Friday, 18 January 2013

What a night!

My Mr picked me up from work and the car was all packed with muffins, coats and ventilated boxes ready for our trip to Lanark near Glasgow for the Royal Scotland Poultry Show!  We went the wrong way really, and it took longer than we thought. Sent a few texts forward and back to our first collection, and when we arrived we waited in the carpark with our big yellow umbrella so that the hen breeder named Toddy would be able to recognise us.

She came walking towards us at dusk and in the rain and wind carrying a quiet little Scots Dumpy tucked into her arm - so lovely!  Toddy put her into our box in the boot of our car, and Mr reached in to giver her a pat when she suddenly jumped up and flew out of the box!!

Toddy had to go through the front door then into the back to try and find her to rescue her - and she was hiding on the floor of the back seat.  Toddy said she was a bit dazed but ok.

I gave Toddy a card of thanks with £20 inside and 6 homemade cupcakes as a treat.  Then she and I went into the showroom where breeders were all setting up and putting their birds into cages to help me find the other breeder.  He doesn't use mobile phones so we had to locate him the old-fashioned way, by asking around.  Toddy asked a few people and the second person she enquired after knew him and said "he's right there" and there was Colin, in the very next row, putting a hen that belongs to a friend of his into a show cage.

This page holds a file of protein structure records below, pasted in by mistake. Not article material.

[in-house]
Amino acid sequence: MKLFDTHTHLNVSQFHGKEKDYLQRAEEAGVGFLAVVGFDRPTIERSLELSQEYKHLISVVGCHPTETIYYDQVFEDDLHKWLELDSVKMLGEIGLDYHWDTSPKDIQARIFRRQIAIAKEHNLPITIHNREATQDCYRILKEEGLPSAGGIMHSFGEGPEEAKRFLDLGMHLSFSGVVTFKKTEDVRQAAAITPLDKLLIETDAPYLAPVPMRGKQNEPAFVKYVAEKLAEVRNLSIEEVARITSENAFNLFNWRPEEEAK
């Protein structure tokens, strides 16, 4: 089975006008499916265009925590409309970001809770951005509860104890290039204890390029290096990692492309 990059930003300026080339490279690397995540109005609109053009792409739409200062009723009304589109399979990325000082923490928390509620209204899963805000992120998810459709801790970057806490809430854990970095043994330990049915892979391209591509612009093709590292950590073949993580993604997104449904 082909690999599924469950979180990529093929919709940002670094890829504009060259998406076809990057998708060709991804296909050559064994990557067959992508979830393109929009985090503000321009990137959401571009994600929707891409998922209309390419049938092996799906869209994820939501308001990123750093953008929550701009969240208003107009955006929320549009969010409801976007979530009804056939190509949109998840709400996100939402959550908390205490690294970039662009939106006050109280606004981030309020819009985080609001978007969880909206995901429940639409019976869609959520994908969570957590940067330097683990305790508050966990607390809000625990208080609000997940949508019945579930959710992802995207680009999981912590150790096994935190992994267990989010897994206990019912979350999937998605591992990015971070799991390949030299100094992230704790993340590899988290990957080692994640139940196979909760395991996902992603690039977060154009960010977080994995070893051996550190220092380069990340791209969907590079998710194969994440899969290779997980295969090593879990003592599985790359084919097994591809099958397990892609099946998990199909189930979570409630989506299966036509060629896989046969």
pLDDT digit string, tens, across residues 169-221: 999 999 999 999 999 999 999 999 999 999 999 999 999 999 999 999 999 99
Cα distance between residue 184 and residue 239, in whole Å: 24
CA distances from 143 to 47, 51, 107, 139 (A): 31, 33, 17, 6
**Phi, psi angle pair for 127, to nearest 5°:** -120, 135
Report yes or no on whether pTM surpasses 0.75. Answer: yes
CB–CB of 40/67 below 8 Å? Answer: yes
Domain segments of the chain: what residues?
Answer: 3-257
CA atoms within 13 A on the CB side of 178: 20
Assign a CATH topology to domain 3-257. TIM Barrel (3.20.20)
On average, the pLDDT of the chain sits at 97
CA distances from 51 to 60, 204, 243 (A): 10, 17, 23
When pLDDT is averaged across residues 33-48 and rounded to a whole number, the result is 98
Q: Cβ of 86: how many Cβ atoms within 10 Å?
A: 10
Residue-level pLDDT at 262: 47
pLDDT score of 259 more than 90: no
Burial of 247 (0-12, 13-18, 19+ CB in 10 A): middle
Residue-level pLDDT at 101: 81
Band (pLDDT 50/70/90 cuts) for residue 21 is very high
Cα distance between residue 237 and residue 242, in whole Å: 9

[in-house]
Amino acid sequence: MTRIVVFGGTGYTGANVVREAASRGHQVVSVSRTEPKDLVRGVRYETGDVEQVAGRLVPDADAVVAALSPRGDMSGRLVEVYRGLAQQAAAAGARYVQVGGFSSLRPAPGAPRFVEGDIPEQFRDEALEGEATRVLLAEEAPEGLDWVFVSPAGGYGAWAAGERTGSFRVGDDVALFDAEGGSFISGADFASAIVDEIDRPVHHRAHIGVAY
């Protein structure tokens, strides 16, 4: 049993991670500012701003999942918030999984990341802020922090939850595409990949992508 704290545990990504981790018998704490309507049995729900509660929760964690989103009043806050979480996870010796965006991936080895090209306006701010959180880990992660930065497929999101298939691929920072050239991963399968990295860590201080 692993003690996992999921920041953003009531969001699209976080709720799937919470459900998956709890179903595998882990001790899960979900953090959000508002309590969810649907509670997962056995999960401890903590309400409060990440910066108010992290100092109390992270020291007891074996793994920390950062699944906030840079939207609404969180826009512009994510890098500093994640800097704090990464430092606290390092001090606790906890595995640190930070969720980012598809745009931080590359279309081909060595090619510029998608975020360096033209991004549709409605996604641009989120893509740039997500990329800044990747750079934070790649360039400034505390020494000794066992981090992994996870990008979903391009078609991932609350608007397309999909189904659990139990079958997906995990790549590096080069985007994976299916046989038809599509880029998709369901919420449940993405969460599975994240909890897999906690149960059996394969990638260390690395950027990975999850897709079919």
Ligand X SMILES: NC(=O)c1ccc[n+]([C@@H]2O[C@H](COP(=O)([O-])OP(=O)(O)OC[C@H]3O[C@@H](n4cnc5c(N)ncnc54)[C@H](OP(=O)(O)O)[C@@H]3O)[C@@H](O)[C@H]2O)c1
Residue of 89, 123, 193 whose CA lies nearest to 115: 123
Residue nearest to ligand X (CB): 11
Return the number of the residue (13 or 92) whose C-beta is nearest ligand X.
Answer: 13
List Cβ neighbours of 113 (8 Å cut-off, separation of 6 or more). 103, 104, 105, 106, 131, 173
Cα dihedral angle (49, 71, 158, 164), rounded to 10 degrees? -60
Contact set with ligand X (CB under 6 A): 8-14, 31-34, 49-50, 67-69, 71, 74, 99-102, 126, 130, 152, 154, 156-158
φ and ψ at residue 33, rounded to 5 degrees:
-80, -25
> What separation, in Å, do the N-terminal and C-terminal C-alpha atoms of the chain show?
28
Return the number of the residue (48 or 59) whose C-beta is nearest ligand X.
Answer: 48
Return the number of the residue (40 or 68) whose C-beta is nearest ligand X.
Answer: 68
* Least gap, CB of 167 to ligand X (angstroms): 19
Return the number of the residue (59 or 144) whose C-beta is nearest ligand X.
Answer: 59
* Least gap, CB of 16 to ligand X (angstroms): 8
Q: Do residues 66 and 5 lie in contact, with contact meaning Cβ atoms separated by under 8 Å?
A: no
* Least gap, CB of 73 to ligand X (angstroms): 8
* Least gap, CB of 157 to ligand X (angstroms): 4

So I met Colin and he led me out to his car to give me our Australorp.  Colin said he's given me a "lovely bird there."  So I ran back to the car for another 6 cupcakes and a thank-you card with a £5 note inside (all that he wanted). Colin had packed her up for us, into a box with holes and tied up with string.

Then we had to wait for Richard to arrive and that wasn't going to be until 7:30, so we had a quick walk through the sheds to have a peek at some of the hens - so many massive birds!  They're so alert and the rooster noises were amazing!  Richard phoned to see if we still wanted them (I think he didn't want to come really) and because we weren't going to be able to make the show tomorrow, he said he would still come out tonight.  It was raining by then and pretty cold.  He drove in about 7:45 and had two blue Orpingtons in a box ready for us!  He took them out and showed them to us - lovely and much bigger than I thought!  We game him a thank you card with the £60 asked for.  We asked their age but he said "honestly couldn't tell you.  We've so many in the shed, I just grabbed them.  One is in lay now.  Are they just pets? They've a breeding gault, but that won't worry you then."

So that was us.  Driving back in the dark and rain with our four lovely hens!